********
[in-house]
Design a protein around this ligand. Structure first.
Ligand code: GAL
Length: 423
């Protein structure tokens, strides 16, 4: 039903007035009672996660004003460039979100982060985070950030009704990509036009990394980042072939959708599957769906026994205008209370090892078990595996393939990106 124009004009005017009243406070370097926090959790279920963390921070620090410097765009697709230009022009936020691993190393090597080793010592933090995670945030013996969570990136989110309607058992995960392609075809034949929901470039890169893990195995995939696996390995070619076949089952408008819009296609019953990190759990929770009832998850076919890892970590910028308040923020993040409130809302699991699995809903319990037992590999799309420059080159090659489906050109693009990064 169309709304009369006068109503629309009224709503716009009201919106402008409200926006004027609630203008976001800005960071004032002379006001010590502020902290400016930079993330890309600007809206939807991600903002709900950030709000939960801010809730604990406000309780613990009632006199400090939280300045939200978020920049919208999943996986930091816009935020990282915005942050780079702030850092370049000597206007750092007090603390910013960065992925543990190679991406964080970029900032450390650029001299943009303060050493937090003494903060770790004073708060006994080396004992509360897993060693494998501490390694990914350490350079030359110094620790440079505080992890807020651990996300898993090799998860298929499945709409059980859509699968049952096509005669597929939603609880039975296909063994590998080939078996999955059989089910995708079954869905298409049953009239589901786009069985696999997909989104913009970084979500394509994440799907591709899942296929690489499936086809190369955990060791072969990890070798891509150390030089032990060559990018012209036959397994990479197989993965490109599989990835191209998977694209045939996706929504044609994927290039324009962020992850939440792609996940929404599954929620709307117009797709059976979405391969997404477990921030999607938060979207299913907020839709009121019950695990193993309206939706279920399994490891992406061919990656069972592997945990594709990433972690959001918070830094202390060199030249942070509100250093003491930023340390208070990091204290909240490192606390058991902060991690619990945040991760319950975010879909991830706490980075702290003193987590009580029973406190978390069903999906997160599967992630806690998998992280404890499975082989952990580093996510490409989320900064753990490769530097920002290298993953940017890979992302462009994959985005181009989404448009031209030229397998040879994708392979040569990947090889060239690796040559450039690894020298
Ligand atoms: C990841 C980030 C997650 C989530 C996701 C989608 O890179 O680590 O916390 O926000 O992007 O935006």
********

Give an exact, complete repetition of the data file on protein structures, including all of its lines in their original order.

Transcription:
[in-house]
Design a protein around this ligand. Structure first.
Ligand code: GAL
Length: 423
């Protein structure tokens, strides 16, 4: 039903007035009672996660004003460039979100982060985070950030009704990509036009990394980042072939959708599957769906026994205008209370090892078990595996393939990106 124009004009005017009243406070370097926090959790279920963390921070620090410097765009697709230009022009936020691993190393090597080793010592933090995670945030013996969570990136989110309607058992995960392609075809034949929901470039890169893990195995995939696996390995070619076949089952408008819009296609019953990190759990929770009832998850076919890892970590910028308040923020993040409130809302699991699995809903319990037992590999799309420059080159090659489906050109693009990064 169309709304009369006068109503629309009224709503716009009201919106402008409200926006004027609630203008976001800005960071004032002379006001010590502020902290400016930079993330890309600007809206939807991600903002709900950030709000939960801010809730604990406000309780613990009632006199400090939280300045939200978020920049919208999943996986930091816009935020990282915005942050780079702030850092370049000597206007750092007090603390910013960065992925543990190679991406964080970029900032450390650029001299943009303060050493937090003494903060770790004073708060006994080396004992509360897993060693494998501490390694990914350490350079030359110094620790440079505080992890807020651990996300898993090799998860298929499945709409059980859509699968049952096509005669597929939603609880039975296909063994590998080939078996999955059989089910995708079954869905298409049953009239589901786009069985696999997909989104913009970084979500394509994440799907591709899942296929690489499936086809190369955990060791072969990890070798891509150390030089032990060559990018012209036959397994990479197989993965490109599989990835191209998977694209045939996706929504044609994927290039324009962020992850939440792609996940929404599954929620709307117009797709059976979405391969997404477990921030999607938060979207299913907020839709009121019950695990193993309206939706279920399994490891992406061919990656069972592997945990594709990433972690959001918070830094202390060199030249942070509100250093003491930023340390208070990091204290909240490192606390058991902060991690619990945040991760319950975010879909991830706490980075702290003193987590009580029973406190978390069903999906997160599967992630806690998998992280404890499975082989952990580093996510490409989320900064753990490769530097920002290298993953940017890979992302462009994959985005181009989404448009031209030229397998040879994708392979040569990947090889060239690796040559450039690894020298
Ligand atoms: C990841 C980030 C997650 C989530 C996701 C989608 O890179 O680590 O916390 O926000 O992007 O935006």